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Jonathan Power: Downhill in Afghanistan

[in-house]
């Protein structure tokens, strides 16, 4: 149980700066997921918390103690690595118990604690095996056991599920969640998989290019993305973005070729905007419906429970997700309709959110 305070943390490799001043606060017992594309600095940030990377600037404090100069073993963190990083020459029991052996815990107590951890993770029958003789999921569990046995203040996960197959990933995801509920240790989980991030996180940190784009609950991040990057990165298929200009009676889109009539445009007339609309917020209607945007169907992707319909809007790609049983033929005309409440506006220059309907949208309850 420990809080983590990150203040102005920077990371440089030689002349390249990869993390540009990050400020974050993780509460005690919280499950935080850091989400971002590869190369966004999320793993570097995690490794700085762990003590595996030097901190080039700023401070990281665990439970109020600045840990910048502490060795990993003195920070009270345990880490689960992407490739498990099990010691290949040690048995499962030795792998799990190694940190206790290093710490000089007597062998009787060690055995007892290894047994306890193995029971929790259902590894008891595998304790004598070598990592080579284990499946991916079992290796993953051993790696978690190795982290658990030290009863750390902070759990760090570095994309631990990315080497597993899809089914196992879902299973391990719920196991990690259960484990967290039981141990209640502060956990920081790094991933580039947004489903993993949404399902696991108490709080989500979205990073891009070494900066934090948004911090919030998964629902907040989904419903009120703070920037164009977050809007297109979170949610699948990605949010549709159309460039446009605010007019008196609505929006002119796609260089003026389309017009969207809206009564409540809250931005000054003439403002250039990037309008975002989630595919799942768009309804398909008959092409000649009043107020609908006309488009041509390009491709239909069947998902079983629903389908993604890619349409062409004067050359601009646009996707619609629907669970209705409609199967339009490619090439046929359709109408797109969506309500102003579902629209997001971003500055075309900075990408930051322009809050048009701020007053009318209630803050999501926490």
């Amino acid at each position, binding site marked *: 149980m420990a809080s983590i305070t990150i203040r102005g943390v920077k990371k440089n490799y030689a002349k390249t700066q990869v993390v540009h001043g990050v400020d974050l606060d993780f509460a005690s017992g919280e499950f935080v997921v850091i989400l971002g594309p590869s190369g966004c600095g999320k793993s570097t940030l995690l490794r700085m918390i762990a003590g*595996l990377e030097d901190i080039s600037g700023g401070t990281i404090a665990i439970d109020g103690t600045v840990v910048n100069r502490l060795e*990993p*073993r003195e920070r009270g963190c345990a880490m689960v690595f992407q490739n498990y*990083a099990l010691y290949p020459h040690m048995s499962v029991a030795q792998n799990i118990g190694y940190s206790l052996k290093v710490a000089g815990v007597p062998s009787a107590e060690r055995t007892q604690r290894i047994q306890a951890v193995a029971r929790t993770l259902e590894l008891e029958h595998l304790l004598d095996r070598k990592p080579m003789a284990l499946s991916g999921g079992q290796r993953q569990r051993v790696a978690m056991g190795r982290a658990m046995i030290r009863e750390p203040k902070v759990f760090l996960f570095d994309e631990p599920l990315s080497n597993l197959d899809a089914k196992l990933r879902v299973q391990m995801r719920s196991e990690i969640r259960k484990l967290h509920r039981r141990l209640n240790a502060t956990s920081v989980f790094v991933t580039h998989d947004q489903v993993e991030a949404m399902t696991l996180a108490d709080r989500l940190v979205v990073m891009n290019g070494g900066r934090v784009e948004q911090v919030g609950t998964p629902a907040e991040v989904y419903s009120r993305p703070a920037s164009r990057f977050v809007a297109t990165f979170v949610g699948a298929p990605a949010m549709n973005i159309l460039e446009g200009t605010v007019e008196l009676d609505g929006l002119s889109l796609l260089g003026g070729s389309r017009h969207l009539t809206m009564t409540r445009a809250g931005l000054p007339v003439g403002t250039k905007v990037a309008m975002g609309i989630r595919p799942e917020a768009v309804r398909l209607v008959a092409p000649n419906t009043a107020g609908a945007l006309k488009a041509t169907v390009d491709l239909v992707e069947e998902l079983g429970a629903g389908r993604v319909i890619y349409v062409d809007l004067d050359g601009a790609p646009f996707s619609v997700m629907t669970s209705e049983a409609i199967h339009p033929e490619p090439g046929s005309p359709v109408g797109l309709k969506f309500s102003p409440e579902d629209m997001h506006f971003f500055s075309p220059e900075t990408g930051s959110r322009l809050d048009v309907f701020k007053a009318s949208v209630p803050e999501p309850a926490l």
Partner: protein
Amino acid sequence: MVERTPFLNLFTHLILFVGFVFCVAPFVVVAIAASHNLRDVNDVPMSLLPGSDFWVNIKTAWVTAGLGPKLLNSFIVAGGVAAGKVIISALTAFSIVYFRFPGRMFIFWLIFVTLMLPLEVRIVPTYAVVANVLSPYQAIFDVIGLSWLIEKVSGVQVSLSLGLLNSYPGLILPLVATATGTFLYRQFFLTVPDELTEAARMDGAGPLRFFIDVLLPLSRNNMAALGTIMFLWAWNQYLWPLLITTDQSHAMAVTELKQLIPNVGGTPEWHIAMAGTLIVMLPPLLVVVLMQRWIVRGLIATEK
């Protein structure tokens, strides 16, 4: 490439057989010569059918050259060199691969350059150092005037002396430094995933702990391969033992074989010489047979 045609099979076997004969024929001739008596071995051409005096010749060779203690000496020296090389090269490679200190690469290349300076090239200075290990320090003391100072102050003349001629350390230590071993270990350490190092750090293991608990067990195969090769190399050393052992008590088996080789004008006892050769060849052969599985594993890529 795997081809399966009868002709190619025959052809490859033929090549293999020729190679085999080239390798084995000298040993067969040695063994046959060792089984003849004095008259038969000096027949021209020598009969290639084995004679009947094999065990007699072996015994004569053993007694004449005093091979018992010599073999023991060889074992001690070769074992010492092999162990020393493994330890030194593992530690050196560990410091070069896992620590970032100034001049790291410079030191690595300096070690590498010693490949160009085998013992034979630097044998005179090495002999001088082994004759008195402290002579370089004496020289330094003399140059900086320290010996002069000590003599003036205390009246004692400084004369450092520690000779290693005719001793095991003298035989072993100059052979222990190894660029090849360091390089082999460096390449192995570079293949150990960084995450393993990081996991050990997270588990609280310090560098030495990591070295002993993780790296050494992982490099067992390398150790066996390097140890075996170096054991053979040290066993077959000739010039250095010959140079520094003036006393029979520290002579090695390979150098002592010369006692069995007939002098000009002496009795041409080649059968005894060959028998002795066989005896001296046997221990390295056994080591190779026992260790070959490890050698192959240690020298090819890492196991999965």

How far is downhill? Well, that's like asking how long is a piece of string. But whatever the answer, the American/NATO military effort in Afghanistan, triggered by 9/11, seems to have all the marks of a quick descent. In Barack Obama's phrase, American public opinion doesn't get it. How could they when Obama himself, supposedly a fresh eye on the international scene, bangs the drum for more troops and yet more force? Does European and Canadian opinion get it? Apart from the Canadians, who have had the good sense and the foresight to give a date for the withdrawal of their troops, public opinion appears to be asleep at the switch. Our Afghanistan policy, made within hours of the atrocity of 9/11, seems still to be to try to bomb the country to cinders, irrespective of the number of civilian casualties. How is it possible that Americans have yet not learned the lesson of Dresden, that wild and merciless bombing rather than leading to capitulation merely reinforces local opinion against the aggressor. And troops on the ground have continued to alienate local opinion with their seeming inability to differentiate between fighters and civilians. The war is being lost as the Taliban, whether actively defending Al Qaeda or just fighting for their own piece of ground, gain the upper hand, improving their strength and their military skills by the month. The poppy growers watch their profits soar, with plenty of coin going to Taliban coffers, because the West is unable to face honestly the one policy that might work—legalization of the drug trade, as the former minister of finance of Pakistan, Sartaj Aziz, suggested in Prospect magazine. (He argued for a controlled experiment in one province.) President Bush, the American military, and now Obama seem to think the only way out is to take their failed tactics into Pakistan, despite the opposition of the government in Islamabad and its powerful military chiefs. (So much for territorial integrity, the war cry of NATO for Georgia.)

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